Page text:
VERSE 1

[C] I must take a trip to [G] California,

And leave my poor sweetheart a-[C]lone.

If he has a dog, he won’t be [G] lonesome,

And the doggie will have a good [C] home.

CHORUS

[C] I read in the paper there are [G] robbers,

With flashlights that shine in the [C] dark.

My love needs a doggie to [G] protect him,

And scare them away with one [C] bark. BARK!

CHORUS

Be Kind to Your Web-Footed Friends

I threw this one in as a surprise at the end. We actually used to use this as our final song for Musical Storytime years ago. The abrupt ending always gets a laugh. It’s to the tune of Stars and Stripes Forever by John Philip Souza.

[C] Be kind to your web footed friends,
For a duck may be somebody’s [G7] mother.
Be kind to your friends in the swamp,
Where the [C] weather is [F] very, very [G7] damp.
You [C] may think that this is the end:
And it is!

Stay & Play: Cheerio Bird Feeders

This was one of the easiest Stay & Play activities I’ve ever done, and the kids loved it. They were especially excited to see the Cheerios, (which many of them also ate). Basically, all I did was put out pipe cleaners and paper plates full of Cheerios. The idea was for them to thread the Cheerios onto the pipe cleaner and then bend it into a circle and twist the ends together. You can hang it on a tree to turn it into a bird feeder, but a lot of the kids just made bracelets.

Happy Kindness to Animals Day! If you have any favorite animal stories, please share them in the comments below.

For the Birds: Stories about our Fine, Feathered Friends

Goldfinch Feeder

Goldfinch Feeder

Last night at Family Storytime we read stories about birds, and made a simple bird feeder for goldfinches.

I was happy because I got to open with one of my all-time favorite read-alouds:

beebee

The Baby Beebee Bird by Diane Redfield Massie; illustrated by Stephen Kellogg (Amazon.com link)

This book is perfect for storytime: it has large, colorful illustrations, lots of animal noises, and a funny, annoying repeated phrase the kids get to join in on.  A quiet evening at the zoo is interrupted by the newly arrived baby beebee bird, who insists on singing, “Beebee Bobbi Bobbi!” over and over again all night long.  The next morning, the other animals are exhausted, the zookeeper is worried, and the lion has a plan to get revenge.  I’ve also seen this book performed as a reader’s theater, where it works beautifully because there are so many different parts.

hot dog

The Pigeon Finds a Hot Dog by Mo Willems (Amazon.com link)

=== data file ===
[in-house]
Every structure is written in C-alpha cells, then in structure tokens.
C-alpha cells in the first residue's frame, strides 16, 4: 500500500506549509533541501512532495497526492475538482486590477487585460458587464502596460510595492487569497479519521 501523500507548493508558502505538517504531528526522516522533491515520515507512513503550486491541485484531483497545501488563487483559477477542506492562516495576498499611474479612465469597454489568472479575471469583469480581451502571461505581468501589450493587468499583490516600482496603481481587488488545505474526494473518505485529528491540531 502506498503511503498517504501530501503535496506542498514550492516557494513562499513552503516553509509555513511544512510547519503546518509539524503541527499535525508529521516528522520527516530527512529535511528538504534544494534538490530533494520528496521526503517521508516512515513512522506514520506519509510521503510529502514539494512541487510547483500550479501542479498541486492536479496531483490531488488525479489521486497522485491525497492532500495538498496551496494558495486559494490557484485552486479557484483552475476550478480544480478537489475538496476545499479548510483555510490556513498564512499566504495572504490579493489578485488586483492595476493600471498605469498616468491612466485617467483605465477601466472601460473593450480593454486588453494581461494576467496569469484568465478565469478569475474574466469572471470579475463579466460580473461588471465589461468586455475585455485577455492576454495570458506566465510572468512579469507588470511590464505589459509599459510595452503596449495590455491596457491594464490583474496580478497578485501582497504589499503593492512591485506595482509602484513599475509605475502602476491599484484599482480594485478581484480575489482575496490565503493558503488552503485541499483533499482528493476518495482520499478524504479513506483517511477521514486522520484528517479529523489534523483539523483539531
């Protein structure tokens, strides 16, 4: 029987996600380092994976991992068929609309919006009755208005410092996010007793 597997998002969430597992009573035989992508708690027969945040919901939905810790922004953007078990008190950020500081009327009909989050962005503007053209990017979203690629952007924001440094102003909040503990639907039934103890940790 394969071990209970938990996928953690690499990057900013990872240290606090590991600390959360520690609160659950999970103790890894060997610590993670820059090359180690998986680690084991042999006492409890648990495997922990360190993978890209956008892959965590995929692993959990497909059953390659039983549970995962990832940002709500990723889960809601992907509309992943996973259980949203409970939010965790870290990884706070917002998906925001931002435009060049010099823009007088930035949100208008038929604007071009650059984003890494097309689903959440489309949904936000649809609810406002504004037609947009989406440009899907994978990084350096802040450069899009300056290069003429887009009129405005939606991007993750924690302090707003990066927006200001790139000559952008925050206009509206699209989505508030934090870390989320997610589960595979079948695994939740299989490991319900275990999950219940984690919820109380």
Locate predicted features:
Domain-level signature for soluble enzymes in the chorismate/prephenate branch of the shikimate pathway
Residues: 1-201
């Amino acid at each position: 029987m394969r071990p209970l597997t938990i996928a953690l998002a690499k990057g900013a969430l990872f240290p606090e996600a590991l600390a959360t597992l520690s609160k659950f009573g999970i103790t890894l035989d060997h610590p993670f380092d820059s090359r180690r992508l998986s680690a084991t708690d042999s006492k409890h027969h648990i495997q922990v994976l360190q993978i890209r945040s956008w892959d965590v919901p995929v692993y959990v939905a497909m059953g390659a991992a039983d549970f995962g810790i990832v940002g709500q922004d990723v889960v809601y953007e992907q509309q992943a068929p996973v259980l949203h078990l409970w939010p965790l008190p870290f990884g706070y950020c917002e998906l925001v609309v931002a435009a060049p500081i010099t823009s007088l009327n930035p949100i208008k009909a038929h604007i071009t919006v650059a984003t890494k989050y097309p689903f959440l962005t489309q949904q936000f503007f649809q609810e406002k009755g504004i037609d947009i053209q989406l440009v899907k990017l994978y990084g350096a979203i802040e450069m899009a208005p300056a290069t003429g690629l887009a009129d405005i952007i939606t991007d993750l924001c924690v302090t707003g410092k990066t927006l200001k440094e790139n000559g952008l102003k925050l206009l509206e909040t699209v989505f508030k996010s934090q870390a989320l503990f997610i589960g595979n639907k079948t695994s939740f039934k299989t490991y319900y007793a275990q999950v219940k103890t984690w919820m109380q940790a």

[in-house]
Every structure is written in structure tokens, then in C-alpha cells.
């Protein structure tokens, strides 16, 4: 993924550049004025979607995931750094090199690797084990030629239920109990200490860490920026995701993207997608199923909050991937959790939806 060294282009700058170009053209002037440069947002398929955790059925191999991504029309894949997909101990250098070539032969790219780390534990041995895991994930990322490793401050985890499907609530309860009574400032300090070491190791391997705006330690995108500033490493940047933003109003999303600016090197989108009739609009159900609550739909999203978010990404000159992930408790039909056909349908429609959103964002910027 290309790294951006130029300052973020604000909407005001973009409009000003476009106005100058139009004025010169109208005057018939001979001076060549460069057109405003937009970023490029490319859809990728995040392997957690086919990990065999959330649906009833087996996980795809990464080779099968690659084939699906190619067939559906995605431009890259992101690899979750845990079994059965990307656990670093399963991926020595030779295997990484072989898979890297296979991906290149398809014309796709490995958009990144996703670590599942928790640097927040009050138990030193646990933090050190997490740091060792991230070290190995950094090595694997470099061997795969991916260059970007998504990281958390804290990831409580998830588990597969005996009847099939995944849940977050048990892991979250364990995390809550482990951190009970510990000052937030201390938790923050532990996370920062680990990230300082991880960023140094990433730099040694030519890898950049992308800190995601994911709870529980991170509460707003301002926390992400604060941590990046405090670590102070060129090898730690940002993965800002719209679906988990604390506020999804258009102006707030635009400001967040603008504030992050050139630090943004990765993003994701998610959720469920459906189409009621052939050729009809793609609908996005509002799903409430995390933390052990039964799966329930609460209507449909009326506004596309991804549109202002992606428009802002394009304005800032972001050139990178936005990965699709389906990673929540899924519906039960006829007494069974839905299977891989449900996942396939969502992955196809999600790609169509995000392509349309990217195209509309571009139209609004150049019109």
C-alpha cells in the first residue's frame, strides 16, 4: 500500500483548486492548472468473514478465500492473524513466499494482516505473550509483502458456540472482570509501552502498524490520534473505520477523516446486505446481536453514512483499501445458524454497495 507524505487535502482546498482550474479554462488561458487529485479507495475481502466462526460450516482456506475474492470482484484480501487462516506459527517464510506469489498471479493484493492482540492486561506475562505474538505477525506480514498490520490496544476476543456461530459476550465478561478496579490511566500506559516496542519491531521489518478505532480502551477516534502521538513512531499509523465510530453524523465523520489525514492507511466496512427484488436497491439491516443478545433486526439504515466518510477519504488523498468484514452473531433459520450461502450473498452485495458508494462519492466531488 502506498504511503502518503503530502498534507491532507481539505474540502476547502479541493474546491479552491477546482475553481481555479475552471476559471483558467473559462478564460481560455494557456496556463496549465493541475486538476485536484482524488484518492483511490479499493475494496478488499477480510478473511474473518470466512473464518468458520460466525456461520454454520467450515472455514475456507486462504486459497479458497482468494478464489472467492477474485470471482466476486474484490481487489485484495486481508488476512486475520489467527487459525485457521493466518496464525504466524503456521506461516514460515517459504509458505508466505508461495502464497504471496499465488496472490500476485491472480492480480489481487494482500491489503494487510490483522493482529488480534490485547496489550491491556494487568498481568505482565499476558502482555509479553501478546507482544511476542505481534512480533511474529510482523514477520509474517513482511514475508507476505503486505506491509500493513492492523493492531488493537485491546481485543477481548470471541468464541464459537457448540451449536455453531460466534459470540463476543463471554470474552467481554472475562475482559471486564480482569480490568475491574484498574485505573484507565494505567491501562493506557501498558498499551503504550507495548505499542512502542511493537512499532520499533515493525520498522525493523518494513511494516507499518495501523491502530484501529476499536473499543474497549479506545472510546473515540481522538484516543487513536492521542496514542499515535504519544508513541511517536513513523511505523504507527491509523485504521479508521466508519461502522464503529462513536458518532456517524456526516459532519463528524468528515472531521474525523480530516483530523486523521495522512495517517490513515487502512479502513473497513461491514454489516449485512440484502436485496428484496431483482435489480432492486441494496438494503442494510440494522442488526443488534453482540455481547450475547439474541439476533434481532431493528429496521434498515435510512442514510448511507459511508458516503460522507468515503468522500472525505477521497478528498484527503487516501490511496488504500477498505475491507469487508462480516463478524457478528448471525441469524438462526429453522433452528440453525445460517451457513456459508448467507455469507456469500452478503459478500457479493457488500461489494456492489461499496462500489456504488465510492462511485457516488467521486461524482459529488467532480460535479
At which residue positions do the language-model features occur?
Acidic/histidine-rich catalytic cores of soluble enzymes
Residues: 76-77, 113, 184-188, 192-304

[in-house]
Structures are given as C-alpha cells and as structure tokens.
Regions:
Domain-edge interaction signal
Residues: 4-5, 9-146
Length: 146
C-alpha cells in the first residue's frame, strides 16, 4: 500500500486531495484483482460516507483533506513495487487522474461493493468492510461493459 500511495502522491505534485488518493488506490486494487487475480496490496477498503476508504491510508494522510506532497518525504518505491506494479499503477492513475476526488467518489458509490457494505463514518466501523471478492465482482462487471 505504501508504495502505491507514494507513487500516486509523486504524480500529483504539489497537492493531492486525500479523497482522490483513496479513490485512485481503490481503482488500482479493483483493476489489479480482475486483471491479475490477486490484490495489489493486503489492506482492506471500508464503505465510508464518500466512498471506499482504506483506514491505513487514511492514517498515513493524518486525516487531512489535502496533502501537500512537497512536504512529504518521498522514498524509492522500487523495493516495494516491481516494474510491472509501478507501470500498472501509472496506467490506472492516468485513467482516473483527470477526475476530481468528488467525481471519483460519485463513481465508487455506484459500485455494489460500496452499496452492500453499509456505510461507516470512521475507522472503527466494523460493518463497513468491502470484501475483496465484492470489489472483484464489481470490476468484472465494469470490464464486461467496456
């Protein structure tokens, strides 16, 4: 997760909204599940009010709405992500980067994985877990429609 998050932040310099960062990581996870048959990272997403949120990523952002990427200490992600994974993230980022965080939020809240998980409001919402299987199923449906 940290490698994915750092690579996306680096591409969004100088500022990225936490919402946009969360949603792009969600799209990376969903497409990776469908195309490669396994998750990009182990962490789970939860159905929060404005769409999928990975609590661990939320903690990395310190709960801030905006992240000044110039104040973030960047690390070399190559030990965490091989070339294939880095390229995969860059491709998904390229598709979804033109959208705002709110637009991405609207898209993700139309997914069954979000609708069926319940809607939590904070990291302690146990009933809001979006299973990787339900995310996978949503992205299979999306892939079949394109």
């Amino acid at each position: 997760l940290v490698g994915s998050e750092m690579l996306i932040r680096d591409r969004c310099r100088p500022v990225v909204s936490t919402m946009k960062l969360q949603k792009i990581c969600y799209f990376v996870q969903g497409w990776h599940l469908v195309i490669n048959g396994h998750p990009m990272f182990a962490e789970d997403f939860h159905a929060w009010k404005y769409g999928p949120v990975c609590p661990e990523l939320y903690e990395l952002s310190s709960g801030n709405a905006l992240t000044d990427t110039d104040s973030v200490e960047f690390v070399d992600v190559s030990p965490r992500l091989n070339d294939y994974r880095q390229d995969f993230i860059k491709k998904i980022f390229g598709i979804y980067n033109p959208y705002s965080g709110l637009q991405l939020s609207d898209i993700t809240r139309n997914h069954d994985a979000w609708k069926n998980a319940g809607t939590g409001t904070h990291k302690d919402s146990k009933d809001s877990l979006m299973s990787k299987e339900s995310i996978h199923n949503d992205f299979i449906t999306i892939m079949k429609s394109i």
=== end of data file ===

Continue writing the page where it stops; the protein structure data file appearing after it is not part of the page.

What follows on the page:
One of the kids spotted this Pigeon book in my stack and got really excited.  I had actually brought two Pigeon books along, and I asked the kids to vote for the one they wanted to hear: they all asked me to read both.  I think this one got the biggest laughs though.  In this book, the Pigeon is about to enjoy the hot dog he found, until an adorable, curious (and deviously clever) duckling asks him what hot dogs are like.

pigeon

Don’t Let the Pigeon Stay Up Late by Mo Willems (Amazon.com link)

This one is more like the original Pigeon book, Don’t Let the Pigeon Drive the Bus, where the kids get to respond to the Pigeon’s wheedling demands by yelling, “No!”  In this case, the Pigeon is angling to stay up past bedtime, by using the arguments and excuses that every parent has heard before.

chickens

Chickens to the Rescue by John Himmelman (Amazon.com link)

Fun, silly farm story about the Greenstalk family, whose chickens always swoop in to save the day.  Wristwatch in the well? Chickens to the rescue! Too tired to make dinner? Chickens to the rescue!  Dog ate your book report? Chickens to the rescue.  This one is always a hit, and the kids love chiming in on the “Chickens to the Rescue!”

emu

Edward the Emu by Sheena Knowles; illustrated by Rod Clement (Amazon.com link)

Edward the emu is sick of the zoo.  When he hears someone say that the seals are his favorite animal, Edward hops the fence into the seal pool and tries being a seal instead.  But then he overhears someone else saying the lions are best, and has to try that too, until another person raves about the snakes. Finally, someone says they like the emus best, but when Edward returns to his old enclosure, he finds a new emu in his place.  The illustrations in this rhyming story, showing Edward emu-lating the other animals, are hilarious.  The kids also enjoyed making animal noises along with Edward.

SONGS:

Two Little Blackbirds

One of my favorite songs/fingerplays. I usually sing it a cappella, so I can do the hand motions.  Click on the triangle to hear how it goes:

Two little blackbirds sitting on a hill, (Hold up both thumbs)
One named Jack, and the other named Jill.
Fly away, Jack! (Put one thumb behind your back)
Fly away, Jill! (Put the other thumb behind your back)
Come back, Jack! (Bring the first thumb out in front).
Come back, Jill! (Bring the second thumb out in the front).

Two little blackbirds sitting on a cloud,
One was quiet, and the other was loud (I make my voice as loud and obnoxious as possible each time I sing the word “Loud!”)
Fly away, Quiet!
Fly away, Loud!
Come back, Quiet!
Come back, Loud!

Two little blackbirds sitting in the snow.
One flew fast!
And the other f-l-e-w s-l-o-w!…

Two little blackbirds sitting on a gate.
One was early,
And the other was…late!…  (I like to drag the pauses out as long as possible before saying “Late!” until the kids are all yelling it out.)

Six Little Ducks